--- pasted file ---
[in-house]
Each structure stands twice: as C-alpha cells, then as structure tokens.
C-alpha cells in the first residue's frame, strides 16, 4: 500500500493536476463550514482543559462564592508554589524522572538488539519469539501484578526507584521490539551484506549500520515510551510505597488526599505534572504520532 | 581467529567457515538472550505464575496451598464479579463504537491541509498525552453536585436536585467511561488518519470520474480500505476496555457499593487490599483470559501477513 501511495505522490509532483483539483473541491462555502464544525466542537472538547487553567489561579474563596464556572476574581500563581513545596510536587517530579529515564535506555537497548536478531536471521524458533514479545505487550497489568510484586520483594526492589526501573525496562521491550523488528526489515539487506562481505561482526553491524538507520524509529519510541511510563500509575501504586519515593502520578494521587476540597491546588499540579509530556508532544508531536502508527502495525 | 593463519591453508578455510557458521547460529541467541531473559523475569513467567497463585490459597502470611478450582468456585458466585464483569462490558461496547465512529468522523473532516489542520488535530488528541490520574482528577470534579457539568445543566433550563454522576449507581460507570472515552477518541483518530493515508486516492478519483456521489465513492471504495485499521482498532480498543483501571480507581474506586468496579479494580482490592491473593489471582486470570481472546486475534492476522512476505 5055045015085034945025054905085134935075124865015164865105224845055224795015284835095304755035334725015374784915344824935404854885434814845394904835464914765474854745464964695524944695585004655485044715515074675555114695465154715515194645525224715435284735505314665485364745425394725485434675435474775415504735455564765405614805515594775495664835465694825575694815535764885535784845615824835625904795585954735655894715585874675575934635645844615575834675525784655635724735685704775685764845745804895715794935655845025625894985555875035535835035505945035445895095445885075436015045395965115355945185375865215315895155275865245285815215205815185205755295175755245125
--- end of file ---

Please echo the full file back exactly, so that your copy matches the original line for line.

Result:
[in-house]
Each structure stands twice: as C-alpha cells, then as structure tokens.
C-alpha cells in the first residue's frame, strides 16, 4: 500500500493536476463550514482543559462564592508554589524522572538488539519469539501484578526507584521490539551484506549500520515510551510505597488526599505534572504520532 | 581467529567457515538472550505464575496451598464479579463504537491541509498525552453536585436536585467511561488518519470520474480500505476496555457499593487490599483470559501477513 501511495505522490509532483483539483473541491462555502464544525466542537472538547487553567489561579474563596464556572476574581500563581513545596510536587517530579529515564535506555537497548536478531536471521524458533514479545505487550497489568510484586520483594526492589526501573525496562521491550523488528526489515539487506562481505561482526553491524538507520524509529519510541511510563500509575501504586519515593502520578494521587476540597491546588499540579509530556508532544508531536502508527502495525 | 593463519591453508578455510557458521547460529541467541531473559523475569513467567497463585490459597502470611478450582468456585458466585464483569462490558461496547465512529468522523473532516489542520488535530488528541490520574482528577470534579457539568445543566433550563454522576449507581460507570472515552477518541483518530493515508486516492478519483456521489465513492471504495485499521482498532480498543483501571480507581474506586468496579479494580482490592491473593489471582486470570481472546486475534492476522512476505 5055045015085034945025054905085134935075124865015164865105224845055224795015284835095304755035334725015374784915344824935404854885434814845394904835464914765474854745464964695524944695585004655485044715515074675555114695465154715515194645525224715435284735505314665485364745425394725485434675435474775415504735455564765405614805515594775495664835465694825575694815535764885535784845615824835625904795585954735655894715585874675575934635645844615575834675525784655635724735685704775685764845745804895715794935655845025625894985555875035535835035505945035445895095445885075436015045395965115355945185375865215315895155275865245285815215205815185205755295175755245125